Help For Crime & Crisis Victims

If you have been a victim of crime, there are many resources available to you

First Steps

Are you in a safe place?

If not, please consider calling 9-1-1 for emergency assistance

Are you concerned that you may harm yourself or someone else?

Please call the National Suicide Prevention Lifeline: 1-800-273-8255


Victim Advocates

As a victim of crime, you might be entitled to victim advocacy. Advocates, both professional and volunteer, work to affirm your rights and to provide information and services to victims of crime. Organized locally, the starting point is a victim advocate in the jurisdiction of the crime. Because of the many jurisdictions in our nation, it is not possible to list all the agencies providing victim advocacy and assistance. To search, use key words “Victim Assistance” (County) (State).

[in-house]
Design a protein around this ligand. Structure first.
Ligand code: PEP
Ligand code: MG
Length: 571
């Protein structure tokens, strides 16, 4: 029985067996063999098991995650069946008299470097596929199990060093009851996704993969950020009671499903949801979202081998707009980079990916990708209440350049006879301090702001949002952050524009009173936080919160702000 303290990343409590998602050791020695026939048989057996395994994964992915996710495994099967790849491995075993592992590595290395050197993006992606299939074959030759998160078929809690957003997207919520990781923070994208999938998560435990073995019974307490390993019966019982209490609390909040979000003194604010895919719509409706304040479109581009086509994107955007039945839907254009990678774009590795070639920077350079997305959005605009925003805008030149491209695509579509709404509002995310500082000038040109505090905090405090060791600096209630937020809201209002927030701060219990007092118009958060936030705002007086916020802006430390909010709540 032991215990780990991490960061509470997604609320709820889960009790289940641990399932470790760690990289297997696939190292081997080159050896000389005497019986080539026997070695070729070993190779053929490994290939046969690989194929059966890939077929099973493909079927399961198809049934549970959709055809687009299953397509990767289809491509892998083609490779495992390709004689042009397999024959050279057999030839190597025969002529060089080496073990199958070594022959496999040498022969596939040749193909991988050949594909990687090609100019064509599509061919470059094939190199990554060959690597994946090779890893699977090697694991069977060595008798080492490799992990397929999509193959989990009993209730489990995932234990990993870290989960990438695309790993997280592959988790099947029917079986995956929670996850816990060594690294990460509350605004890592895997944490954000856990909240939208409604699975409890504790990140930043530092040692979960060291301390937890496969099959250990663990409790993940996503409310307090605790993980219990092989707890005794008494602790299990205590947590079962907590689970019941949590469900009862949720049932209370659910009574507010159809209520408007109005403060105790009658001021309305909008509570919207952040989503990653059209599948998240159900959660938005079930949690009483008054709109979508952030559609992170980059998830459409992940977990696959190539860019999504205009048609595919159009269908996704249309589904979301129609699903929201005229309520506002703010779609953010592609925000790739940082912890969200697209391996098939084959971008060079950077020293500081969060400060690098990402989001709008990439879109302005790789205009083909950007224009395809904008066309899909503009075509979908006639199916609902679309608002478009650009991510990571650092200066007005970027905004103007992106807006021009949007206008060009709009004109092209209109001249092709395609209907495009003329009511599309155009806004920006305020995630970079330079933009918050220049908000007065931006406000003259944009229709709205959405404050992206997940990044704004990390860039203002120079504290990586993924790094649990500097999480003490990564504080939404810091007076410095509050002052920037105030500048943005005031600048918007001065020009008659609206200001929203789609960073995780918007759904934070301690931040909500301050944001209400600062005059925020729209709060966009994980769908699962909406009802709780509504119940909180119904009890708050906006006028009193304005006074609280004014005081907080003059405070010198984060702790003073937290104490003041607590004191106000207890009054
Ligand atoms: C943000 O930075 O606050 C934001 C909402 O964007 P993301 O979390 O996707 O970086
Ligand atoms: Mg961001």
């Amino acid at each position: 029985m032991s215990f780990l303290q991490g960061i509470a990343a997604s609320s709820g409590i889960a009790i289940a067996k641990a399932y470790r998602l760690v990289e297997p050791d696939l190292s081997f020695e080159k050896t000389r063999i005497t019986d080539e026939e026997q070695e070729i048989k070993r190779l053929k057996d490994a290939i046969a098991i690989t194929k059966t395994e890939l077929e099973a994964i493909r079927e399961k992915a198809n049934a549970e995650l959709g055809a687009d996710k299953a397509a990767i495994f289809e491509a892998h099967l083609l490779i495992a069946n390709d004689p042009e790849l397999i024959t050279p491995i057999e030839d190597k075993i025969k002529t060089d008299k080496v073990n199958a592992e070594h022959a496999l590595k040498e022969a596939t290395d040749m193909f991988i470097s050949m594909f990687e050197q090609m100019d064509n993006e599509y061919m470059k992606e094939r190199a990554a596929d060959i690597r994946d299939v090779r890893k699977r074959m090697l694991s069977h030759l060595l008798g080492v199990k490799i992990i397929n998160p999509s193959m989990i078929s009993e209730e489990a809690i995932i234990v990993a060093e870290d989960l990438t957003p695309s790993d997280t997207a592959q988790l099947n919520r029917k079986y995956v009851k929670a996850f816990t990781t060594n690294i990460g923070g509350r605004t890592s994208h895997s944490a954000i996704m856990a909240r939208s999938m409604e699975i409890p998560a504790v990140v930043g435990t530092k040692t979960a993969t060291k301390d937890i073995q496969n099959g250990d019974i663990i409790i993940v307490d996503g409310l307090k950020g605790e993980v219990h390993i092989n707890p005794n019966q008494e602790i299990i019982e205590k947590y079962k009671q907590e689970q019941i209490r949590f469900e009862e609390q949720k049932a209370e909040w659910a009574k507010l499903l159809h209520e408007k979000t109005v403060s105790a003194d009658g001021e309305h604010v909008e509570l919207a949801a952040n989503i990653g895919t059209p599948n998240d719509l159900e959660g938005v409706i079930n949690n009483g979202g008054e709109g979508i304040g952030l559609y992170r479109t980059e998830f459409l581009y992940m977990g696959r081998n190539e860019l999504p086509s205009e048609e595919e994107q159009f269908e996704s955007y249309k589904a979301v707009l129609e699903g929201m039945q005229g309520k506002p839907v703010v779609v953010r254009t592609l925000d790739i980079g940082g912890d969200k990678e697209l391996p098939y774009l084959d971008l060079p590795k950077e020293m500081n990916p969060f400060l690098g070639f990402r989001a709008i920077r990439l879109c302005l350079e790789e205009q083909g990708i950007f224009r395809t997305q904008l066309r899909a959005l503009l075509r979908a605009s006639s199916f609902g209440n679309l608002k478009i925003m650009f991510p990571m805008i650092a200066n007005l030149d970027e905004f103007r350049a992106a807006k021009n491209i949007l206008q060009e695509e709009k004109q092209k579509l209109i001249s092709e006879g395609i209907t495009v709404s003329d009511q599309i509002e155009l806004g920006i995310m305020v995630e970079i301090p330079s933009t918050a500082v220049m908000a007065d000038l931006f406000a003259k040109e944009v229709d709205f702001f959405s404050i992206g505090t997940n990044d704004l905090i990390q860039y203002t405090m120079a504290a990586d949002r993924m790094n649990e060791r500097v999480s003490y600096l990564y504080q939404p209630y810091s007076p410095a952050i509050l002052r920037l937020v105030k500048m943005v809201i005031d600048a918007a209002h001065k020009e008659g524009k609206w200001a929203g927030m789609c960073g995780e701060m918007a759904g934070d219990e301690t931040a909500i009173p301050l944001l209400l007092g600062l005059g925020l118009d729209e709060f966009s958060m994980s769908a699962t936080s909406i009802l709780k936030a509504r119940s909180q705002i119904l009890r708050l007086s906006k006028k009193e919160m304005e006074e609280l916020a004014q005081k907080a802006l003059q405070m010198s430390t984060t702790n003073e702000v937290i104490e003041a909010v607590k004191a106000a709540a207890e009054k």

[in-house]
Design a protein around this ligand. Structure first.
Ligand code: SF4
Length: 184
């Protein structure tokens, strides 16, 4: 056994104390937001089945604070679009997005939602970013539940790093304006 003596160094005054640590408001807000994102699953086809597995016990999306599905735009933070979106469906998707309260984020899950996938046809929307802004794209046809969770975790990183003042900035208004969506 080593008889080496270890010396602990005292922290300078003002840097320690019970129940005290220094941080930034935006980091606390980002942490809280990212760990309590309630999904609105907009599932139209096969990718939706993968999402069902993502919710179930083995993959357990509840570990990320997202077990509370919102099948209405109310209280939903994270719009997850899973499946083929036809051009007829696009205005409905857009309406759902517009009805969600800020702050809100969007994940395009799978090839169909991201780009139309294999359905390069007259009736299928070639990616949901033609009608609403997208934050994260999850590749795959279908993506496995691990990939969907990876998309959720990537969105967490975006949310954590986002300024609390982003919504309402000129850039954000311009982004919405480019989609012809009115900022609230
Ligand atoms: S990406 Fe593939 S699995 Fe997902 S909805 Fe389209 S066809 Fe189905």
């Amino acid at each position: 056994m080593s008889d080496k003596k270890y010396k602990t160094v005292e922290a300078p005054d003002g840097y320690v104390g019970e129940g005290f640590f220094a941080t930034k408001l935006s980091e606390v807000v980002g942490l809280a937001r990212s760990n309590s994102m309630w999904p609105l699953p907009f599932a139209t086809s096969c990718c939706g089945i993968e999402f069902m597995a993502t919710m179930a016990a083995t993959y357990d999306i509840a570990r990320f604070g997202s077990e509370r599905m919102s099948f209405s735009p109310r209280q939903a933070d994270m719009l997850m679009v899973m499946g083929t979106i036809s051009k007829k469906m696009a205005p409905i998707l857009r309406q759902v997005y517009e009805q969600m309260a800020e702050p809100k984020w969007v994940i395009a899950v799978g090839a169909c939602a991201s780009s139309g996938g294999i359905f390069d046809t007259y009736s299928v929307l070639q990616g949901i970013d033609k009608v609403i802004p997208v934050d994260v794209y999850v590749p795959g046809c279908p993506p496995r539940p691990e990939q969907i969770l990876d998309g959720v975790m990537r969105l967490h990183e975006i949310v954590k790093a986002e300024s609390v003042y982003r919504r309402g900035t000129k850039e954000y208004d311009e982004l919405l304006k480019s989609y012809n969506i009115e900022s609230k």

Legal assistance

To find information about legal assistance, please visit the National Crime Victim Law Institute.

To learn more about victim’s rights law, please visit VictimLaw, a resource from the U.S. Department of Justice.


A restraining order or protective order is a legal order issued by a state court which requires one person to stop harming another person. It is also sometimes called a protection order, an injunction, an order of protection, or some other similar name. Visit The National Network to End Domestic Violence for more information.


As a victim of crime, you might qualify for financial assistance for a variety of needs resulting from your victimization. Qualifying uses vary from state to state but commonly medical bills, funeral or counseling expenses are covered. Compensation is managed on a state level and many states have applications for assistance available online. Visit the National Association of Crime Victim Compensation Board for more information.


Emotional trauma is a common element for nearly EVERY victim. Some traumas you never ‘get over’ but you can learn ways to cope.